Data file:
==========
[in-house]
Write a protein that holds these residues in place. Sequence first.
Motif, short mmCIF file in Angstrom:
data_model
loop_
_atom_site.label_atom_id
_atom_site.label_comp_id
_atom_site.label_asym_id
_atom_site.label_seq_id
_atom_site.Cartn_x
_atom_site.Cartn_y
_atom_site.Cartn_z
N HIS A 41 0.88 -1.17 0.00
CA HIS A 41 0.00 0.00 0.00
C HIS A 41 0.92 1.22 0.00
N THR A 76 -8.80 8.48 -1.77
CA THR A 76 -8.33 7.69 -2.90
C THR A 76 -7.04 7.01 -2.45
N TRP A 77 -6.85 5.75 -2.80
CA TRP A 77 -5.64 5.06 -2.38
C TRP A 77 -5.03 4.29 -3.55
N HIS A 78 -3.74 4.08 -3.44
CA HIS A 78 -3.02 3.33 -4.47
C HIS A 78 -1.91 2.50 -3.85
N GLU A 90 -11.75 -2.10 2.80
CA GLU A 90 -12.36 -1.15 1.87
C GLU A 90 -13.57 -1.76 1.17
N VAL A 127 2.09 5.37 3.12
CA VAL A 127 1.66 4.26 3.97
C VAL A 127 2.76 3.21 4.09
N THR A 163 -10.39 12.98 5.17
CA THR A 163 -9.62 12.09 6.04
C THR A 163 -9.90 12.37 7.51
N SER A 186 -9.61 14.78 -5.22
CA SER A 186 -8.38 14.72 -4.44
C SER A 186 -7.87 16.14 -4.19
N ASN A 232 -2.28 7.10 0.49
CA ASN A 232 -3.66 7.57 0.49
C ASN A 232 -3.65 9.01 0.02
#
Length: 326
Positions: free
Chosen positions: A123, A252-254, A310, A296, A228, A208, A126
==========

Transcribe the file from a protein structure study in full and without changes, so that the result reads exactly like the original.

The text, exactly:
[in-house]
Write a protein that holds these residues in place. Sequence first.
Motif, short mmCIF file in Angstrom:
data_model
loop_
_atom_site.label_atom_id
_atom_site.label_comp_id
_atom_site.label_asym_id
_atom_site.label_seq_id
_atom_site.Cartn_x
_atom_site.Cartn_y
_atom_site.Cartn_z
N HIS A 41 0.88 -1.17 0.00
CA HIS A 41 0.00 0.00 0.00
C HIS A 41 0.92 1.22 0.00
N THR A 76 -8.80 8.48 -1.77
CA THR A 76 -8.33 7.69 -2.90
C THR A 76 -7.04 7.01 -2.45
N TRP A 77 -6.85 5.75 -2.80
CA TRP A 77 -5.64 5.06 -2.38
C TRP A 77 -5.03 4.29 -3.55
N HIS A 78 -3.74 4.08 -3.44
CA HIS A 78 -3.02 3.33 -4.47
C HIS A 78 -1.91 2.50 -3.85
N GLU A 90 -11.75 -2.10 2.80
CA GLU A 90 -12.36 -1.15 1.87
C GLU A 90 -13.57 -1.76 1.17
N VAL A 127 2.09 5.37 3.12
CA VAL A 127 1.66 4.26 3.97
C VAL A 127 2.76 3.21 4.09
N THR A 163 -10.39 12.98 5.17
CA THR A 163 -9.62 12.09 6.04
C THR A 163 -9.90 12.37 7.51
N SER A 186 -9.61 14.78 -5.22
CA SER A 186 -8.38 14.72 -4.44
C SER A 186 -7.87 16.14 -4.19
N ASN A 232 -2.28 7.10 0.49
CA ASN A 232 -3.66 7.57 0.49
C ASN A 232 -3.65 9.01 0.02
#
Length: 326
Positions: free
Chosen positions: A123, A252-254, A310, A296, A228, A208, A126